RIO DE JANEIRO/SAO PAULO, Nov 6 (Reuters) - OSX Brasil SA , the Brazilian shipbuilder controlled by former billionaire Eike Batista, is considering seeking court protection from creditors as early as Wednesday, three sources with direct knowledge of the plans told Reuters.
OSX will likely petition the same Rio de Janeiro court where Batista's oil producer OGX Petróleo e Gas Participações SA sought protection on Oct. 30, said one of the sources, who declined to be identified by name because the plans are private. With the move, OSX will put 5.3 billion reais ($2.3 billion) of debt under court protection.
The refinancing of a 461 million real ($201 million) loan to OSX by state-run Caixa Econômica Federal and Banco Santander Brasil SA on Tuesday for an additional 12 months will give OSX a much-needed lifeline and cash flow relief as it enters the proceedings, a second source noted.
The situation follows more than a year during which Batista's Grupo EBX, a sprawling empire of energy, mining and logistics companies including OGX and OSX, collapsed under a mountain of debt after missing production targets. Batista has sold off controlling stakes and major assets of three other companies to reduce his conglomerate's debt.
"Bankruptcy protection is a possibility that the company has considered, but there is no decision on whether we will use it," a spokeswoman for OSX in Rio de Janeiro told Reuters on Wednesday.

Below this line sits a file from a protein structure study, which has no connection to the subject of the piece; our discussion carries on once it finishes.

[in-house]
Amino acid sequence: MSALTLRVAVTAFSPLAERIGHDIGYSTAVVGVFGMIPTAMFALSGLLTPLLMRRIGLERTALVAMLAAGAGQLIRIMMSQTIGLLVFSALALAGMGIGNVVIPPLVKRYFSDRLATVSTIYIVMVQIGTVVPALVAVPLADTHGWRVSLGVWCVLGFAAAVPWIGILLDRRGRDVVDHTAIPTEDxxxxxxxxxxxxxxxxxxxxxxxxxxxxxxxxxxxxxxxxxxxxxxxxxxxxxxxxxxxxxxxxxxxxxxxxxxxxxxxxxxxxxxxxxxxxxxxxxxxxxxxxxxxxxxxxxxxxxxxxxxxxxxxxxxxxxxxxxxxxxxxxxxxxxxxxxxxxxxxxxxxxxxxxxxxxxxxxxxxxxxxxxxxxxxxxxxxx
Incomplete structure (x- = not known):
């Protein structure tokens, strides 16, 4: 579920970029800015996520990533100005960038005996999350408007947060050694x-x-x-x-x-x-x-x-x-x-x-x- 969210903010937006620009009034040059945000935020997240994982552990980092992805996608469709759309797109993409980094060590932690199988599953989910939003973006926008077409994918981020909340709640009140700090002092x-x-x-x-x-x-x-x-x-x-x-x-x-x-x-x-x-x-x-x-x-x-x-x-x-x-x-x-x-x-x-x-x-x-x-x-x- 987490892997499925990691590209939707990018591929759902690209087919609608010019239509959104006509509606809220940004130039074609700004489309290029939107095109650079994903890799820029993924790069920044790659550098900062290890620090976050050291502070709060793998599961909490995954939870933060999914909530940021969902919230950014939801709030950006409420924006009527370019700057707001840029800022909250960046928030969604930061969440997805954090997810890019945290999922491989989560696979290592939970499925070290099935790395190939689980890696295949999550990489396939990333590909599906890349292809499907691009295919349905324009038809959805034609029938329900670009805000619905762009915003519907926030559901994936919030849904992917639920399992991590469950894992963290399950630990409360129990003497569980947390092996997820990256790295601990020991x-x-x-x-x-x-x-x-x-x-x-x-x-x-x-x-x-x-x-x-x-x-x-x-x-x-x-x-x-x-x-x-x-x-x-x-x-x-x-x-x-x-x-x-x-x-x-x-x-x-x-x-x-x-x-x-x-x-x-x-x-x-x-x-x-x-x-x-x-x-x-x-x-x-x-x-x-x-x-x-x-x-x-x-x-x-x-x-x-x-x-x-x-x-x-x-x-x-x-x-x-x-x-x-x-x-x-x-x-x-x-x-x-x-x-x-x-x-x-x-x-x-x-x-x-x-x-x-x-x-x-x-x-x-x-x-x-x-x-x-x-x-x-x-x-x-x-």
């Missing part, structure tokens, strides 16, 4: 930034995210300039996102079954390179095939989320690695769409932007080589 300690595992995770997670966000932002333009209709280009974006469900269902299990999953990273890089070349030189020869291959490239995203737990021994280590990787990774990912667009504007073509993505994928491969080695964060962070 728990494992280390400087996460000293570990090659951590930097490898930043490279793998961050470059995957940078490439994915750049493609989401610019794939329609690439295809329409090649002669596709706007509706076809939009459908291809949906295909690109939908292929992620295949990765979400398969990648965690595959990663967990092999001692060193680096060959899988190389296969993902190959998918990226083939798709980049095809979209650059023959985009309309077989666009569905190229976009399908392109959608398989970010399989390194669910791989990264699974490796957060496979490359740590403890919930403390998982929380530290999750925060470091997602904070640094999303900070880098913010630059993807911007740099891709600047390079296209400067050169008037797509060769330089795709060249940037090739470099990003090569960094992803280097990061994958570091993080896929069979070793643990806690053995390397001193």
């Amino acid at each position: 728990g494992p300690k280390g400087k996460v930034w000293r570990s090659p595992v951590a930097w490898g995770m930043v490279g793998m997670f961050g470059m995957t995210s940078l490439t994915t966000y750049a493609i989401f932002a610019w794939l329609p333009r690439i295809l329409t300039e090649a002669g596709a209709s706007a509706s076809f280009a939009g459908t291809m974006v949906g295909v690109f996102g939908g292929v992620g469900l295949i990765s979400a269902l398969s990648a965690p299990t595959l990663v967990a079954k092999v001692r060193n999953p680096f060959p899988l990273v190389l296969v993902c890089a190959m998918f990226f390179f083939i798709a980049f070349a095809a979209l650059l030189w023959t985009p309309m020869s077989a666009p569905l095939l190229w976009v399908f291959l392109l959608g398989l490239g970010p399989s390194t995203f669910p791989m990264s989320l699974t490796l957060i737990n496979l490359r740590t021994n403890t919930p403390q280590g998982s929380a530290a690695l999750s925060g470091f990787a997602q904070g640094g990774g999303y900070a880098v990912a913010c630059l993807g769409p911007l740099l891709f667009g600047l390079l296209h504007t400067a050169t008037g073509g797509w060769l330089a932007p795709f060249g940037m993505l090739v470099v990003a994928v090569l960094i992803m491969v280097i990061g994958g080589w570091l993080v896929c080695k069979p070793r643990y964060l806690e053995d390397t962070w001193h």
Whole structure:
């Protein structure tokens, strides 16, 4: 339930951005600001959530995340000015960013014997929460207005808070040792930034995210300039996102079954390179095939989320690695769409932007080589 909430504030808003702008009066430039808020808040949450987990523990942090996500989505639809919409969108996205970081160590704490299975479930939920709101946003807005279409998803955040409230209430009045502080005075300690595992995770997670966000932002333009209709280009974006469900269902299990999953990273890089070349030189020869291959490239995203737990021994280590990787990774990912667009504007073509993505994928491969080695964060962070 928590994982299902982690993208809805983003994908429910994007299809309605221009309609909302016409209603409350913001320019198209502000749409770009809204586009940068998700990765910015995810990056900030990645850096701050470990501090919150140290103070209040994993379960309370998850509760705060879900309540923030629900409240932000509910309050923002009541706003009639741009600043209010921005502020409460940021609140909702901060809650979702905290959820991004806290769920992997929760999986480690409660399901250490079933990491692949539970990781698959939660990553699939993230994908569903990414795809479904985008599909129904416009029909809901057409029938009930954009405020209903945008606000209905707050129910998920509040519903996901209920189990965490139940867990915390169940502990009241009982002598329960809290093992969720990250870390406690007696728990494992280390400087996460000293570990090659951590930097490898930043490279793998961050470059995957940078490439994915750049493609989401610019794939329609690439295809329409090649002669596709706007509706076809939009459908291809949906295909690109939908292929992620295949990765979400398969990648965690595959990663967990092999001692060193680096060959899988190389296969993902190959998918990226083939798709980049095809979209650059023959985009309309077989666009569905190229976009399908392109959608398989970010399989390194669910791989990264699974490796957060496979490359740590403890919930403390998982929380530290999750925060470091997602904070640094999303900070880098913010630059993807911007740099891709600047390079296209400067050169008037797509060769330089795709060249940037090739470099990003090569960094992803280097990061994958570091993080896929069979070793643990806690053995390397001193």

OSX, whose assets include an unfinished shipyard at the Port of Açú, which is located north of Rio de Janeiro state, is also one of OGX's biggest creditors. OGX owes OSX at least 2.45 billion reais, according to documents filed with the bankruptcy court.
Filing for bankruptcy protection could help OSX save its shipyard unit, part of which is ready to begin operations at Açú, two of the sources added. Açú operator LLX Logística SA said it was in advanced talks with OSX and its shipyard unit to renegotiate their earlier contracts for the use of the port.
Last week's filing by OGX aimed to restructure 11.2 billion reais in debt, making it the largest-ever corporate bankruptcy filing in Latin America.
($1 = 2.29 Brazilian reais)
(Additional reporting by Asher Levine and Brad Haynes in São Paulo; Editing by Lisa Von Ahn)